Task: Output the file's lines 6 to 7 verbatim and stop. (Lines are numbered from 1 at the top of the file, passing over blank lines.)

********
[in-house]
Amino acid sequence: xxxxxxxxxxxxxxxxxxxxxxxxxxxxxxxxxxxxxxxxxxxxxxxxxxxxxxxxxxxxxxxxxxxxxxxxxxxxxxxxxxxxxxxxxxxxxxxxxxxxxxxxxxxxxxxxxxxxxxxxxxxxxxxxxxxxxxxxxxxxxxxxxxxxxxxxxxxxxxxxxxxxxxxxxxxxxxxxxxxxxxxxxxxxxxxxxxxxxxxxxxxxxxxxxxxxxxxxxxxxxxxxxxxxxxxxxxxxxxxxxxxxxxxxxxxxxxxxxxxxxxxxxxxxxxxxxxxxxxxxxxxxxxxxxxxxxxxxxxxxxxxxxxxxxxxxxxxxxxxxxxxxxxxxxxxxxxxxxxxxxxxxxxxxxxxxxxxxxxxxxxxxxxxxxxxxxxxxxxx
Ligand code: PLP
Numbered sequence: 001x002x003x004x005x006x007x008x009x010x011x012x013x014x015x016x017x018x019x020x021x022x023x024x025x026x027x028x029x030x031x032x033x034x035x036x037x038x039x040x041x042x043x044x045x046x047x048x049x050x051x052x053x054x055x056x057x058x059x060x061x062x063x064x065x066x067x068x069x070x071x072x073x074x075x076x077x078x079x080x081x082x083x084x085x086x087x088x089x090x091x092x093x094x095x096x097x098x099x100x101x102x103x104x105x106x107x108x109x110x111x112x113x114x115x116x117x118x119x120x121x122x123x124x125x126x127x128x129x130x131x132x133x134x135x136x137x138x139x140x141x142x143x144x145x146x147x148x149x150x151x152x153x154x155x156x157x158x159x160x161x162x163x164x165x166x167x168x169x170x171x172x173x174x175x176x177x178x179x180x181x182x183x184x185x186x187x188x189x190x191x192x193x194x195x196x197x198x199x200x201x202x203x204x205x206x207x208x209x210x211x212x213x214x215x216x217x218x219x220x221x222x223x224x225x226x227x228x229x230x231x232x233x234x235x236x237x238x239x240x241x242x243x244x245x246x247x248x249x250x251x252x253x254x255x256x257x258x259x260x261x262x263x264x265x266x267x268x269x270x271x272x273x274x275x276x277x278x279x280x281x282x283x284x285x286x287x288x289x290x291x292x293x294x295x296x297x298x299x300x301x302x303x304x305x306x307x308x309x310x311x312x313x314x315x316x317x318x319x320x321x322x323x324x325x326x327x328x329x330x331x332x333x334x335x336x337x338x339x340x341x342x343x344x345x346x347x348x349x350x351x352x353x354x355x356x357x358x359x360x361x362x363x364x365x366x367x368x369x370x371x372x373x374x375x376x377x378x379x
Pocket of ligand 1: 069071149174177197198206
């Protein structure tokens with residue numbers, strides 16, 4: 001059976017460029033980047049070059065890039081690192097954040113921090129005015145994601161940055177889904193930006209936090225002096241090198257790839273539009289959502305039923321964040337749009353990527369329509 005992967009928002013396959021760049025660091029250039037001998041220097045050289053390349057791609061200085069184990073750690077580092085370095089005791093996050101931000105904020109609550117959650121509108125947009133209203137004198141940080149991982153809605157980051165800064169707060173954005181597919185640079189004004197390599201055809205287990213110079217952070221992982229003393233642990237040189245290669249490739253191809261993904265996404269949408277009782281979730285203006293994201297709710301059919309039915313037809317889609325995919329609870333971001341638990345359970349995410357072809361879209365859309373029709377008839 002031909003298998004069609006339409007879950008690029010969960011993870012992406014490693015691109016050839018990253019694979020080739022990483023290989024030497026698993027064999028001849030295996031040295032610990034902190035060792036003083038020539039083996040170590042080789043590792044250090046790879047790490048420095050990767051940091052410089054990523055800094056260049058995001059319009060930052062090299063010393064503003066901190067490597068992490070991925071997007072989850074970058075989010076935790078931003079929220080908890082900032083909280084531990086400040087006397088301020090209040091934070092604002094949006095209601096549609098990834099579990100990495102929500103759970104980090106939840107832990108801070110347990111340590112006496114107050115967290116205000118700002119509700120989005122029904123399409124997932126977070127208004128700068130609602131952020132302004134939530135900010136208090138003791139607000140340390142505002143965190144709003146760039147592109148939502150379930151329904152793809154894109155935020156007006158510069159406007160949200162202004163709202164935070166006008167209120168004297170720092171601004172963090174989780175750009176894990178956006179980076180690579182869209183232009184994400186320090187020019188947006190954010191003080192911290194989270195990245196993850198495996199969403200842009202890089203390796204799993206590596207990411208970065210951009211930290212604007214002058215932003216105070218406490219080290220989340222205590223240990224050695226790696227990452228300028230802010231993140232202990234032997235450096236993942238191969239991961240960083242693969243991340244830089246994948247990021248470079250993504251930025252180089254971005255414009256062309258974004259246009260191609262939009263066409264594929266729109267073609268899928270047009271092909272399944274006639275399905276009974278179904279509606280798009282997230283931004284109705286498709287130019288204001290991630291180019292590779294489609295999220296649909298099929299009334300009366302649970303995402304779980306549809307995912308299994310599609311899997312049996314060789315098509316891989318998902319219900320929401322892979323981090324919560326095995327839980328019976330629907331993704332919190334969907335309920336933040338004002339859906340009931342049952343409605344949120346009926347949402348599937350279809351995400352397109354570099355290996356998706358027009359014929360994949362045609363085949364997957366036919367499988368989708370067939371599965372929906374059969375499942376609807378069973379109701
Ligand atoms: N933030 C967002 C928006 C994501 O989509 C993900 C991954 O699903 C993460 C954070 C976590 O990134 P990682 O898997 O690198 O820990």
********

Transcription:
């Protein structure tokens with residue numbers, strides 16, 4: 001059976017460029033980047049070059065890039081690192097954040113921090129005015145994601161940055177889904193930006209936090225002096241090198257790839273539009289959502305039923321964040337749009353990527369329509 005992967009928002013396959021760049025660091029250039037001998041220097045050289053390349057791609061200085069184990073750690077580092085370095089005791093996050101931000105904020109609550117959650121509108125947009133209203137004198141940080149991982153809605157980051165800064169707060173954005181597919185640079189004004197390599201055809205287990213110079217952070221992982229003393233642990237040189245290669249490739253191809261993904265996404269949408277009782281979730285203006293994201297709710301059919309039915313037809317889609325995919329609870333971001341638990345359970349995410357072809361879209365859309373029709377008839 002031909003298998004069609006339409007879950008690029010969960011993870012992406014490693015691109016050839018990253019694979020080739022990483023290989024030497026698993027064999028001849030295996031040295032610990034902190035060792036003083038020539039083996040170590042080789043590792044250090046790879047790490048420095050990767051940091052410089054990523055800094056260049058995001059319009060930052062090299063010393064503003066901190067490597068992490070991925071997007072989850074970058075989010076935790078931003079929220080908890082900032083909280084531990086400040087006397088301020090209040091934070092604002094949006095209601096549609098990834099579990100990495102929500103759970104980090106939840107832990108801070110347990111340590112006496114107050115967290116205000118700002119509700120989005122029904123399409124997932126977070127208004128700068130609602131952020132302004134939530135900010136208090138003791139607000140340390142505002143965190144709003146760039147592109148939502150379930151329904152793809154894109155935020156007006158510069159406007160949200162202004163709202164935070166006008167209120168004297170720092171601004172963090174989780175750009176894990178956006179980076180690579182869209183232009184994400186320090187020019188947006190954010191003080192911290194989270195990245196993850198495996199969403200842009202890089203390796204799993206590596207990411208970065210951009211930290212604007214002058215932003216105070218406490219080290220989340222205590223240990224050695226790696227990452228300028230802010231993140232202990234032997235450096236993942238191969239991961240960083242693969243991340244830089246994948247990021248470079250993504251930025252180089254971005255414009256062309258974004259246009260191609262939009263066409264594929266729109267073609268899928270047009271092909272399944274006639275399905276009974278179904279509606280798009282997230283931004284109705286498709287130019288204001290991630291180019292590779294489609295999220296649909298099929299009334300009366302649970303995402304779980306549809307995912308299994310599609311899997312049996314060789315098509316891989318998902319219900320929401322892979323981090324919560326095995327839980328019976330629907331993704332919190334969907335309920336933040338004002339859906340009931342049952343409605344949120346009926347949402348599937350279809351995400352397109354570099355290996356998706358027009359014929360994949362045609363085949364997957366036919367499988368989708370067939371599965372929906374059969375499942376609807378069973379109701
Ligand atoms: N933030 C967002 C928006 C994501 O989509 C993900 C991954 O699903 C993460 C954070 C976590 O990134 P990682 O898997 O690198 O820990």